Background: Treatment of agitation is a crucial problem in the care of patients with AD. Although antipsychotic and antidepressant medications and behavior management techniques (BMT) have each been used to treat agitation, clinical trials of these treatments have been characterized by small sample sizes and uncontrolled treatment designs. Objective: To compare haloperidol, trazodone, and BMT with placebo in the treatment of agitation in AD outpatients. Methods: A total of 149 patients with AD and their caregivers participated in a randomized, placebo-controlled, multicenter trial. Blind assessment was conducted at baseline and after 16 weeks of treatment. The three active treatments were haloperidol, trazodone, and BMT. The Alzheimer's Disease Cooperative Study Clinical Global Impression of Change was the primary outcome measure. Secondary outcomes included patient agitation, cognition, and function, and caregiver burden. Results: Thirty-four percent of subjects improved relative to baseline. No significant differences on outcome were obtained between haloperidol (mean dose, 1.8 mg/d), trazodone (mean dose, 200 mg/d), BMT, or placebo. Significantly fewer adverse events of bradykinesia and parkinsonian gait were evident in the BMT arm. No other significant difference in adverse events was seen. Symptoms did not respond differentially to the different treatments. Conclusions: Comparable modest reductions in agitation occurred in patients receiving haloperidol, trazodone, BMT, and placebo. More effective pharmacologic, nonpharmacologic, and combination treatments are needed.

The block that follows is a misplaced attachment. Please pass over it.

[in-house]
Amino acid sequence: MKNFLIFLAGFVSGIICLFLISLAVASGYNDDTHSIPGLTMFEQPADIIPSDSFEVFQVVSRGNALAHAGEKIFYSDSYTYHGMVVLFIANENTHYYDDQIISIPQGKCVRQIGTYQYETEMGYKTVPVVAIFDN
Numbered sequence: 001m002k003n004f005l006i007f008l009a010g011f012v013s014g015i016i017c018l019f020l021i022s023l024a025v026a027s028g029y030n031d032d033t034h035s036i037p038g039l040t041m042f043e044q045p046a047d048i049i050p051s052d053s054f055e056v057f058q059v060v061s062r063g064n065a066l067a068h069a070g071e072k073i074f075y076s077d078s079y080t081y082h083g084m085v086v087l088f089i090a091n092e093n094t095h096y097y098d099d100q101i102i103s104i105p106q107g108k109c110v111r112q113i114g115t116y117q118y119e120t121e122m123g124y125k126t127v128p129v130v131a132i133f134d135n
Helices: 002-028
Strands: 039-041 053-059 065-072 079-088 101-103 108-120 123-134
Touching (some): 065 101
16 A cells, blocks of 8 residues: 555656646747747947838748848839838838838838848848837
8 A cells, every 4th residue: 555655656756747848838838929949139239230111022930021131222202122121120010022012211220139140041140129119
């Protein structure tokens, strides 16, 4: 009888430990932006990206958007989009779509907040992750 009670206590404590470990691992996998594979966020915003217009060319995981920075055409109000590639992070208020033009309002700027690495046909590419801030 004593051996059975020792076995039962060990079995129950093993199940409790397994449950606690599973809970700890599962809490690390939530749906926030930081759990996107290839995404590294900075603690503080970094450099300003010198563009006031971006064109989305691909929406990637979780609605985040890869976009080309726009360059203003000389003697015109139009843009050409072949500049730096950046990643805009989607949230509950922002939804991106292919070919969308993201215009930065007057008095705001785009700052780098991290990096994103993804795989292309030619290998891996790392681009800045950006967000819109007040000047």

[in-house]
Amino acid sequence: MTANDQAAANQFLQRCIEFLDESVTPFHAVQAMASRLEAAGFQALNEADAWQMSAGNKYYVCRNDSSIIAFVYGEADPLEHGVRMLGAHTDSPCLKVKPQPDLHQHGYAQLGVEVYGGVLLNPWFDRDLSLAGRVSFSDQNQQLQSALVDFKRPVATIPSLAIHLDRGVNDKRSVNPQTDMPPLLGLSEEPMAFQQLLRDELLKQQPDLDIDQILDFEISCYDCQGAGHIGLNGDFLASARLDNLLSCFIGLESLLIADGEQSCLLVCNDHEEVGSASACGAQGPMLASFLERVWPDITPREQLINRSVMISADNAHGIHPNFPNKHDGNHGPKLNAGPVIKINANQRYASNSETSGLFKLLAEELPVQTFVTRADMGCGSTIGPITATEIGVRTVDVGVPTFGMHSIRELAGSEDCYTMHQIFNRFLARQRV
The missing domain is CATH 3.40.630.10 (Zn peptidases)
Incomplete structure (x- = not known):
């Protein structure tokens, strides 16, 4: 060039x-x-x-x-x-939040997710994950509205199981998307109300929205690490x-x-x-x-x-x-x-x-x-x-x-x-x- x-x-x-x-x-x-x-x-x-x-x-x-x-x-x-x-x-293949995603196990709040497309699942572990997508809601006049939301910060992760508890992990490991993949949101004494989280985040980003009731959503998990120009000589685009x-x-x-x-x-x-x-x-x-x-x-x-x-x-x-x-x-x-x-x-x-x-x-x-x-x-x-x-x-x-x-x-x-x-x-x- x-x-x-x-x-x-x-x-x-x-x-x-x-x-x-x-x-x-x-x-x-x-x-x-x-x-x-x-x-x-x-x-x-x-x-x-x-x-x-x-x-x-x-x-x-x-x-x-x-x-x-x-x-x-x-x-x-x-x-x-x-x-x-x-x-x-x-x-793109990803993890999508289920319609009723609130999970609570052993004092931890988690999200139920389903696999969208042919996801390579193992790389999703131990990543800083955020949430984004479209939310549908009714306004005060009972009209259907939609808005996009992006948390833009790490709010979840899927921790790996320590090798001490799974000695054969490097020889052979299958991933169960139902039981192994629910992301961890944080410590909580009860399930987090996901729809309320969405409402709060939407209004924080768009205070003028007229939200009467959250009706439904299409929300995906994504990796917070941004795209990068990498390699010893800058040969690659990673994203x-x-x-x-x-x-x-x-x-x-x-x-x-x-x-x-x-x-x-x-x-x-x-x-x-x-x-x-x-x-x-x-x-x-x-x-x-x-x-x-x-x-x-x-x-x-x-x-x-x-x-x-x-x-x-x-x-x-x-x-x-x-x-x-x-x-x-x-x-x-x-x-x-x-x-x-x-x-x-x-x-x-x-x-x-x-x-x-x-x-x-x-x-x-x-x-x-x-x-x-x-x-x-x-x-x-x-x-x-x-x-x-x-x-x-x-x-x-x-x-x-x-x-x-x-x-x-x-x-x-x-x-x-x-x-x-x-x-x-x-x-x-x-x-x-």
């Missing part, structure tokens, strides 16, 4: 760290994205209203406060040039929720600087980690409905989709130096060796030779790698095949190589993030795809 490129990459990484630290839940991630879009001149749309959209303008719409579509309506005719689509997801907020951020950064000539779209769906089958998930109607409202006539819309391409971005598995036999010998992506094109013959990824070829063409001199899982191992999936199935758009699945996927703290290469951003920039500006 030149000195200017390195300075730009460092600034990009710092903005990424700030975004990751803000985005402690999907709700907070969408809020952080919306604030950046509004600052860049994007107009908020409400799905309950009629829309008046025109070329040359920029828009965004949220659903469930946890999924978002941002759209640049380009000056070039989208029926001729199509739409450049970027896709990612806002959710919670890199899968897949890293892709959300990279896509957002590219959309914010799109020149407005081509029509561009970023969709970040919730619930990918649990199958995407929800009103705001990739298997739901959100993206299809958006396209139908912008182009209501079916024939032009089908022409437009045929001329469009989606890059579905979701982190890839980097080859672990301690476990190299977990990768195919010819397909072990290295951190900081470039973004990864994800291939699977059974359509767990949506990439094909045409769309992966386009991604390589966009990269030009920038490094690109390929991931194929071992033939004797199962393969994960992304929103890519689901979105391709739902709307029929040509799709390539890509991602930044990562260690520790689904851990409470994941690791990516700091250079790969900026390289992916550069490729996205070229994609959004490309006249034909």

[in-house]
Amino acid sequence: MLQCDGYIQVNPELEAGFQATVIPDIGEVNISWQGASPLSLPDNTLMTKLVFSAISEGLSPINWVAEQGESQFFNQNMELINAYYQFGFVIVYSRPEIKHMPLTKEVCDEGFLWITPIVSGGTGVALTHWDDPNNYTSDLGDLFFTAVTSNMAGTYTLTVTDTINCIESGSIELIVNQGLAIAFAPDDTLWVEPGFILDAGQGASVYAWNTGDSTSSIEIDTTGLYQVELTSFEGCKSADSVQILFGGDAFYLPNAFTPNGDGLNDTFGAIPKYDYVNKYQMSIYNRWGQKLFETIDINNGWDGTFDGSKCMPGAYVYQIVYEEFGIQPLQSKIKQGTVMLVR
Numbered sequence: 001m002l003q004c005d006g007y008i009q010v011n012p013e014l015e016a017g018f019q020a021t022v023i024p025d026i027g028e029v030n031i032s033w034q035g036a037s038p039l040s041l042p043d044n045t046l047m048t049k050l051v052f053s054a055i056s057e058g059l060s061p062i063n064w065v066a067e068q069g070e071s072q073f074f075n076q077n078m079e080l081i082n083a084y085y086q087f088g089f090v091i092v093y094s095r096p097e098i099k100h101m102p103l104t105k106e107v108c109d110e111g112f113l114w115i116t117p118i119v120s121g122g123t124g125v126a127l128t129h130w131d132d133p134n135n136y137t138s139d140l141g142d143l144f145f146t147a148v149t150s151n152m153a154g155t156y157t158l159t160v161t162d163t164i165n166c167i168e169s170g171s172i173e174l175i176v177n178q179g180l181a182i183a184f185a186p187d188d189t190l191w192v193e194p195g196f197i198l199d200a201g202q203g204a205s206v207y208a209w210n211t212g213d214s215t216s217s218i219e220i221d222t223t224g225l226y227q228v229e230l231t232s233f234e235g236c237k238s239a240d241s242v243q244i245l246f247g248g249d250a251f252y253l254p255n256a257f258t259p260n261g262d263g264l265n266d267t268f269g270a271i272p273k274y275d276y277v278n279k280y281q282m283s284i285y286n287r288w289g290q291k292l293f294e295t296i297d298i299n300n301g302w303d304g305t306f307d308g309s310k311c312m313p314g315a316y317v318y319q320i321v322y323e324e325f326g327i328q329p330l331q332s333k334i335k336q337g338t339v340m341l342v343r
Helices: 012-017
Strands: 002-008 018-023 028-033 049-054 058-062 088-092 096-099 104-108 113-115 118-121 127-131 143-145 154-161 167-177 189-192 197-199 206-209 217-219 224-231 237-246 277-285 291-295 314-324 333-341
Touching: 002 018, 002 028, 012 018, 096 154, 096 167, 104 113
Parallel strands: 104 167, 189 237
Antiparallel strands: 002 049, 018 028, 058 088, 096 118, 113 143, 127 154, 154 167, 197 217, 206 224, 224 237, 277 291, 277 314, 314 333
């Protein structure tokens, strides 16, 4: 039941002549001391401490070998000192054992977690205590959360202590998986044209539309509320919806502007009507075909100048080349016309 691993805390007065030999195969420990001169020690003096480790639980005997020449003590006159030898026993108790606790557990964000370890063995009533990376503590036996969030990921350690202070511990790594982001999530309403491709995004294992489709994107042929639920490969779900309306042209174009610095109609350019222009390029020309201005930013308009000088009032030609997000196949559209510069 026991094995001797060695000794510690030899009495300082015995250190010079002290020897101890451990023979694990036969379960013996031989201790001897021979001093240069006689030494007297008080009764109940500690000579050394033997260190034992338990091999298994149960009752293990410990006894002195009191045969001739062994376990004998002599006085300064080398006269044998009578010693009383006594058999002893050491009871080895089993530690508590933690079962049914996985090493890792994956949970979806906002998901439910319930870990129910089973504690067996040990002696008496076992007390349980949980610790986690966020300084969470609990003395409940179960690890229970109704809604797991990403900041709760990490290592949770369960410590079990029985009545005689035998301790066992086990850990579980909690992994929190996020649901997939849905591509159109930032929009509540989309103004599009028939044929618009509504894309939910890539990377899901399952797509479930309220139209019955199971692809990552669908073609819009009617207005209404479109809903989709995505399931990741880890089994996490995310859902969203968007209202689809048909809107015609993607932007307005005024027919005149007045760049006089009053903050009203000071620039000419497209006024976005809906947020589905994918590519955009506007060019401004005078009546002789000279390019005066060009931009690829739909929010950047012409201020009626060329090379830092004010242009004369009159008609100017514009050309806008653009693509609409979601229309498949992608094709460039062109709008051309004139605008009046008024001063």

|Original language||English (US)|
|Number of pages||8|
|State||Published - Nov 14 2000|
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